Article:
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That AZ Debate: Why GOP Consultants (Still) Prefer Tax Cuts To Immigration Cuts
NumbersUSA's Roy Beck gives a good, characteristically chirpy, account of last night's GOP Presdential candidates' debate in Arizona here. He is pleased that Romney and Gingrich both took care to put markers down indicating their opposition to illegal immigration, and that Romney endorsed Arizona's SB1070 and its use of E-verify. This, of course, would be a wonderful issue to use against Obama in the fall.
Roy might also have noted that CNN moderator John King actually used the term "self-deportation" in asking a question. This basic immigration patriot concept was greeted with dumbfounded incredulity when Romney introduced it in an earlier debate, so this progress is an example of the debates' very real educational function.
And of course it is indeed a good thing that the candidates now obviously respect and fear the immigration issue. But they still refuse to mention legal immigration—despite record unemployment and displacement. Santorum, who some time ago got Beck really chirping by raising legal immigration on the stump, not only failed to use it in the debate, again, but disassociated himself from the federal E-verify bill's very moderate approach to illegal domestic labor. This refusal, frankly, is a devastating reproach to the leadership of the patriotic immigration reform movement.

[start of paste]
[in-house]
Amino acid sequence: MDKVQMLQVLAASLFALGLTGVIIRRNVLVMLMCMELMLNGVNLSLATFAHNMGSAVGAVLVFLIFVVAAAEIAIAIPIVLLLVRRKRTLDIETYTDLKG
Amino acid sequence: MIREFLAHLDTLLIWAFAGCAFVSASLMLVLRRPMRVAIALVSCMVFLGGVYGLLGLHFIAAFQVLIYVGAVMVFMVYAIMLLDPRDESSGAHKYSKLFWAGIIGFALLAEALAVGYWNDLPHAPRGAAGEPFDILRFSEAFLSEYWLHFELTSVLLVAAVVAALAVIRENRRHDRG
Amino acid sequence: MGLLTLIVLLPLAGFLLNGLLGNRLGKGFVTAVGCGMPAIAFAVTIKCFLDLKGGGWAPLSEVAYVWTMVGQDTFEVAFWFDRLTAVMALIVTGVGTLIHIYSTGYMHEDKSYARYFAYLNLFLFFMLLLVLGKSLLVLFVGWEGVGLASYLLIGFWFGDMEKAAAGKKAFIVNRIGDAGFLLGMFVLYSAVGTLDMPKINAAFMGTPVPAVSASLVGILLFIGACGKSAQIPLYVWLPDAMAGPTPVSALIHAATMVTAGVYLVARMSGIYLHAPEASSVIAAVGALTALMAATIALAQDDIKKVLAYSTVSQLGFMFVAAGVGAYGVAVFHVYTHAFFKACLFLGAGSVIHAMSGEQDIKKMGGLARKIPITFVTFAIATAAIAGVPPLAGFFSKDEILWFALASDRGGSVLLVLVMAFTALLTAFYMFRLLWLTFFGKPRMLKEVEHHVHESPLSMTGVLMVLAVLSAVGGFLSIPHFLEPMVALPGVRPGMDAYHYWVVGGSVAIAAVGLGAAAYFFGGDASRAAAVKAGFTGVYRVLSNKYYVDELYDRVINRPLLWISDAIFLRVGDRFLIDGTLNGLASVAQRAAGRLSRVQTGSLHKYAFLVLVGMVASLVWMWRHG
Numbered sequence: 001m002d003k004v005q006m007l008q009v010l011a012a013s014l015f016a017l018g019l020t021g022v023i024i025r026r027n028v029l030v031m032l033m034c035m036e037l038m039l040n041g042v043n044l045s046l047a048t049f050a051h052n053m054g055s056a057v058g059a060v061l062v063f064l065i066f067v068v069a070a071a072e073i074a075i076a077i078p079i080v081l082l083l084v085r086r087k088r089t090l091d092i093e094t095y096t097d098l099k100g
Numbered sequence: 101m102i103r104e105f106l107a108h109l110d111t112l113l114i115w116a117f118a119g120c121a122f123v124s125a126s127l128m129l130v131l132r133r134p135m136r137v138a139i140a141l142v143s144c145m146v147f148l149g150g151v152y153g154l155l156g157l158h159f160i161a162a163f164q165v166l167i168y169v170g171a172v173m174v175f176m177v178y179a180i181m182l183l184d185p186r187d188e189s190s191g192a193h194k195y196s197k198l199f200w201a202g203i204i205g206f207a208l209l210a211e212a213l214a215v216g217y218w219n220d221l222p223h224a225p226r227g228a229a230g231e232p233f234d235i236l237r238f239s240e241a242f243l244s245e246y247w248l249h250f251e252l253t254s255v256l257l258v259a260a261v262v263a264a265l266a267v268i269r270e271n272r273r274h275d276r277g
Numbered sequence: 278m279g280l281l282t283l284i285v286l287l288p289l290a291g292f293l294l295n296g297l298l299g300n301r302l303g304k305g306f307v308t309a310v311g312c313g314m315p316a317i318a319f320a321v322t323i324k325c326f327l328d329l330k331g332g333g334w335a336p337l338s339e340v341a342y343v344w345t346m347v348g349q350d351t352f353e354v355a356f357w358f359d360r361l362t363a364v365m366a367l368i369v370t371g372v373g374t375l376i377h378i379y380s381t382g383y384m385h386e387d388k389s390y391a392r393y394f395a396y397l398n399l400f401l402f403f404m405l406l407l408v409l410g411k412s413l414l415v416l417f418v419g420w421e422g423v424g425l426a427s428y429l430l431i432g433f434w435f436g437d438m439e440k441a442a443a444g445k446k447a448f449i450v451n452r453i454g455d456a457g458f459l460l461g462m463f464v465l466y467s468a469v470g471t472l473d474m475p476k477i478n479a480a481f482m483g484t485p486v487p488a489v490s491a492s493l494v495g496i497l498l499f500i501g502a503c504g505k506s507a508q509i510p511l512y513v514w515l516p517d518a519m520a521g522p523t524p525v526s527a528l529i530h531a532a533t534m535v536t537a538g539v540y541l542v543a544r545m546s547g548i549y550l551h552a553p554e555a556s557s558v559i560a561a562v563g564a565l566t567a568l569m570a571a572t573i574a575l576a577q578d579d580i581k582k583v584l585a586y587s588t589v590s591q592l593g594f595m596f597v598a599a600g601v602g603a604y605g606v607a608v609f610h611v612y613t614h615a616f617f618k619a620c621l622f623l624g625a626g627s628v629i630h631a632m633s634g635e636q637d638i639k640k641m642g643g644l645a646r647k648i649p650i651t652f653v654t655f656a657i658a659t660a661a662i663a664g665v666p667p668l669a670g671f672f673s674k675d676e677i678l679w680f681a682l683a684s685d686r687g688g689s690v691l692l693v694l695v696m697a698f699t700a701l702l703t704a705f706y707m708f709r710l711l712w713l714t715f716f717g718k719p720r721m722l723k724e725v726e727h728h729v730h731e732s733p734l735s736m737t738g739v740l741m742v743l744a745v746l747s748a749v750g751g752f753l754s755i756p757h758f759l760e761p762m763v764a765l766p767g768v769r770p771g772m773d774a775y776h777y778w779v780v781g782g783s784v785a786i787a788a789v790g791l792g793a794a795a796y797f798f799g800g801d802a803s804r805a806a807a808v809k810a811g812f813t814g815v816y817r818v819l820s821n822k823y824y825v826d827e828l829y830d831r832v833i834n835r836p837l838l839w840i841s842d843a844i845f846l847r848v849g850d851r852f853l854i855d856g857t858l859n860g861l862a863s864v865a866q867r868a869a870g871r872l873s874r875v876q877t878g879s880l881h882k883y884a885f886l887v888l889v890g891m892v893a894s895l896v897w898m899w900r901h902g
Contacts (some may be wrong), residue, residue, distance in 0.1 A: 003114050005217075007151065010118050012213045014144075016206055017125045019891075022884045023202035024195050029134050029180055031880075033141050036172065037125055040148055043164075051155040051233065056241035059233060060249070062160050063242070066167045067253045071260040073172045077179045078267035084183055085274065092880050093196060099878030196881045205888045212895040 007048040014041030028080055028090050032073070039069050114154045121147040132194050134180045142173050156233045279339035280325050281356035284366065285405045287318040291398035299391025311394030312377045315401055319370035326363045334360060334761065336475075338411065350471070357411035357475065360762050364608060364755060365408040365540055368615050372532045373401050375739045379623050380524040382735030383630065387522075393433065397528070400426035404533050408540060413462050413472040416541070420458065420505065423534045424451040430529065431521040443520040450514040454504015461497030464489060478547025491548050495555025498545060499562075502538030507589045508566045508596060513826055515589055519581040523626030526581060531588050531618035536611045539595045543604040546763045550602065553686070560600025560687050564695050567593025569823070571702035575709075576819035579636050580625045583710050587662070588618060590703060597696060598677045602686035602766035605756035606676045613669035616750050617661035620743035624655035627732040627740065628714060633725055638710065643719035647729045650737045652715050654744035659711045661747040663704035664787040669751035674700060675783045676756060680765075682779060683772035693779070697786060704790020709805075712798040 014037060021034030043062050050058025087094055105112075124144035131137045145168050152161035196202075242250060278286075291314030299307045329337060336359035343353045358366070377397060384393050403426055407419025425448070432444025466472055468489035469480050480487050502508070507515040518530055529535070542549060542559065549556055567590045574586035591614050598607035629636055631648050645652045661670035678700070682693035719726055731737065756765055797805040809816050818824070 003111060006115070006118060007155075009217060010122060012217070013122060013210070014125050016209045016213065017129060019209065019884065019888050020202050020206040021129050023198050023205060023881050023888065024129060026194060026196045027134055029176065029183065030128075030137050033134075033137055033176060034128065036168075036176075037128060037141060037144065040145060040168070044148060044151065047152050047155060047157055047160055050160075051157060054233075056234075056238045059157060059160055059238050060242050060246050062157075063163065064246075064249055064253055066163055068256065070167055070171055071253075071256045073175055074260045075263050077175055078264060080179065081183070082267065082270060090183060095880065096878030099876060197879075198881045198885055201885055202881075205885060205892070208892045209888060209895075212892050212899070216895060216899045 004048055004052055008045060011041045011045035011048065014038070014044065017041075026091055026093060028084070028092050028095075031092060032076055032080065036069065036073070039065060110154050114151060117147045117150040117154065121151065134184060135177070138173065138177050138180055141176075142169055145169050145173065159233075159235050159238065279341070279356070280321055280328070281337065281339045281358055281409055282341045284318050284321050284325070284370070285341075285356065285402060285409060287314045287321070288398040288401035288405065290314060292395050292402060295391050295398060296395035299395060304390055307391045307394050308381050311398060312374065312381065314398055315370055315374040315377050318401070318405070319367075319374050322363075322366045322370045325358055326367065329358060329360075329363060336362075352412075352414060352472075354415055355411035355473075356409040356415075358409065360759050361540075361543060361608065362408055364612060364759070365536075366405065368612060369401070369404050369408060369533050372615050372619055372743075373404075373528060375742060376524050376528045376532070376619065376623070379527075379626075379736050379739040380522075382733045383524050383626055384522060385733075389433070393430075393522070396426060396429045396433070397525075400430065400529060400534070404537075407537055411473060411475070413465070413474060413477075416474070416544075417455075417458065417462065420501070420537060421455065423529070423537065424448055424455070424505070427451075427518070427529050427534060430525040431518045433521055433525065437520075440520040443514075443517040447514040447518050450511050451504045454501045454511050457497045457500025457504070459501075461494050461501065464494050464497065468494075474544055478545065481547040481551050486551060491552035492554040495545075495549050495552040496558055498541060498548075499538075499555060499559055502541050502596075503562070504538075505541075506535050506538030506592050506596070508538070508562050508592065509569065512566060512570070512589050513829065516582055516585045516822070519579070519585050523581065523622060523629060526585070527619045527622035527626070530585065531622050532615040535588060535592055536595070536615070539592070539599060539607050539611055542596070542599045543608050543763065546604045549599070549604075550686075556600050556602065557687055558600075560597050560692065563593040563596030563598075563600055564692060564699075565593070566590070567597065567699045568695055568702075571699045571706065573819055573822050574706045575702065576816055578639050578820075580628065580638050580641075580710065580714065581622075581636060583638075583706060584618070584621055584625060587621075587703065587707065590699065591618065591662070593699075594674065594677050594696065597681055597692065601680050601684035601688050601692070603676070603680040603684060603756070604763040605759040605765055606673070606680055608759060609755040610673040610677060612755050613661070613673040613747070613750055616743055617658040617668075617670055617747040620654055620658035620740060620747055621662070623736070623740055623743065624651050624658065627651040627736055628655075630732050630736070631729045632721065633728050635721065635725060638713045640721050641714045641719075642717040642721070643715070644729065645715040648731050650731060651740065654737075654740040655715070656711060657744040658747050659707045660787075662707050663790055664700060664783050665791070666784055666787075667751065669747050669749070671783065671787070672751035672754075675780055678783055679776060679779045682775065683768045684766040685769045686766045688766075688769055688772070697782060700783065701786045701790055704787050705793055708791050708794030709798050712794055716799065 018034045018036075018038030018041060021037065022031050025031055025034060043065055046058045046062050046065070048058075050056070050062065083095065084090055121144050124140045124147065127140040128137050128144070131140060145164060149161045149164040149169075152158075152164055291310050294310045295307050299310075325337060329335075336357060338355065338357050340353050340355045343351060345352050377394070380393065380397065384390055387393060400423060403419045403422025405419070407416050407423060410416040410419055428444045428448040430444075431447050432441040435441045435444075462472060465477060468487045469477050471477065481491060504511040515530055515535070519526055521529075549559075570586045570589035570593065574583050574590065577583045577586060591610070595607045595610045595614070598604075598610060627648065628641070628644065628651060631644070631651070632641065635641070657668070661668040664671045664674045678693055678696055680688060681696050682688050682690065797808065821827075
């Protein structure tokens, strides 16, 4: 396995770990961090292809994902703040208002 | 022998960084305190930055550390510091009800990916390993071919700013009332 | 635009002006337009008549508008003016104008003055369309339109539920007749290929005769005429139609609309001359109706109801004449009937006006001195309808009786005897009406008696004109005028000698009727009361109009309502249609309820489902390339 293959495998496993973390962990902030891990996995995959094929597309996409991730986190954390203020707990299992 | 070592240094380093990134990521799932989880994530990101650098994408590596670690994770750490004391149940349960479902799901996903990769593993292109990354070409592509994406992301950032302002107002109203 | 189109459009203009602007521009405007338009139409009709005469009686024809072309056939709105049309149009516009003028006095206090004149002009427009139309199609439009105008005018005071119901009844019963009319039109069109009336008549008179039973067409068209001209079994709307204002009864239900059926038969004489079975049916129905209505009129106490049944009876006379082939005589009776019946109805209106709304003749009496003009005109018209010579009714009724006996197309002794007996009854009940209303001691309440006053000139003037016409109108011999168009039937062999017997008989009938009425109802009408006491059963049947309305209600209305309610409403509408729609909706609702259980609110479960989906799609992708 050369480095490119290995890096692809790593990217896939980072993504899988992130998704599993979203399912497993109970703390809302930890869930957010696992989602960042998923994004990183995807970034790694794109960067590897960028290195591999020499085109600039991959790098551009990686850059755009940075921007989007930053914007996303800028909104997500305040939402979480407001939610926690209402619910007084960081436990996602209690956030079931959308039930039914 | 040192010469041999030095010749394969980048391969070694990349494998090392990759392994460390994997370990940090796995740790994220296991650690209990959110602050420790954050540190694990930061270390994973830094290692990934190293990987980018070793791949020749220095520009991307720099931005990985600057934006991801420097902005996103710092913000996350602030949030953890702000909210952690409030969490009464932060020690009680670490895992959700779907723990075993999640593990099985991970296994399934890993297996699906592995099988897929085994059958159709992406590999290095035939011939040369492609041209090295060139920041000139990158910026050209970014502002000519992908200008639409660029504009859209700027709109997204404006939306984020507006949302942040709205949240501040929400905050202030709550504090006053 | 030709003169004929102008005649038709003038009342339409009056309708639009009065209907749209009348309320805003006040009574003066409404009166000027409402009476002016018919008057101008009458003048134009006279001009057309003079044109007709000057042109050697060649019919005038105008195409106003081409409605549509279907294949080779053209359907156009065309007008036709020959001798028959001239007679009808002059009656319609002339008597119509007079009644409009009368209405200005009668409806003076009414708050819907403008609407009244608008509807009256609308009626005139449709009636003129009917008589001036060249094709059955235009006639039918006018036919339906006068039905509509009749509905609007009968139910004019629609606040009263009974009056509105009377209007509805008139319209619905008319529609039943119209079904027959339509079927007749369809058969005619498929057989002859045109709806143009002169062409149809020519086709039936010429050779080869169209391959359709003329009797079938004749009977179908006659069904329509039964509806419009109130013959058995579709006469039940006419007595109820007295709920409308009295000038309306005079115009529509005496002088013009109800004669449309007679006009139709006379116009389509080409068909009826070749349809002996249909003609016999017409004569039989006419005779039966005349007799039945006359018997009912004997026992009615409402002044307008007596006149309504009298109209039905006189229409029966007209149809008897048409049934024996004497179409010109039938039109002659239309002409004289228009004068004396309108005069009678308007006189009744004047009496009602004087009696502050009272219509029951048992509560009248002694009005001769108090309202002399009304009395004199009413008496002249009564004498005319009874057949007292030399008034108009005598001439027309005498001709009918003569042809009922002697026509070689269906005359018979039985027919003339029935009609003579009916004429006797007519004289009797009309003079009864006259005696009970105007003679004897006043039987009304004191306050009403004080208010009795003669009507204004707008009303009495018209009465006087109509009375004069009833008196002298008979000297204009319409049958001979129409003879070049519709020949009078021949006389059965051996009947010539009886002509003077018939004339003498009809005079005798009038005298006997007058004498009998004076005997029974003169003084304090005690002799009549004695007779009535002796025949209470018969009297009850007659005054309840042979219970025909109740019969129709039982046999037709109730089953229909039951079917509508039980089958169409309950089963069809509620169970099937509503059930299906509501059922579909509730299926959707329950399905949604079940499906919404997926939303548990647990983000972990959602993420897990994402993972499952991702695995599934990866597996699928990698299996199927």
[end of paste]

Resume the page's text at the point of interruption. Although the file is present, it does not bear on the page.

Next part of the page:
But it also says something about the deeply unimaginative and formulaic approach of professional campaign consultants. Yesterday, both Obama and Romney released competing proposals to cut marginal federal income tax rates. This was an explosive issue thirty years ago, when the current generation of consultants learned their trade. But, Ed Rubenstein and I argued yesterday on MarketWatch, it's just less pressing today—because, since the elimination of bracket creep through indexation, marginal tax rates for most Americans have been stable and relatively low.
(I usually keep my political and financial journalism apart, because diversity-loving enemies of the former are, in their tolerant liberal way, always trying to get me fired from the latter. But I can't resist here).
To reuse my favorite Dick Morris quote, Republican campaign consultants
have no other game plan, no other way to win. If you come around behind them or alongside and don’t raise taxes, if you’re tough on crime and want to reform welfare, use the military effectively, and cut spending, they can’t hit you. A tank can rotate its turret—a Republican can’t
They may be learning slowly because of this season's debates. But not quickly enough.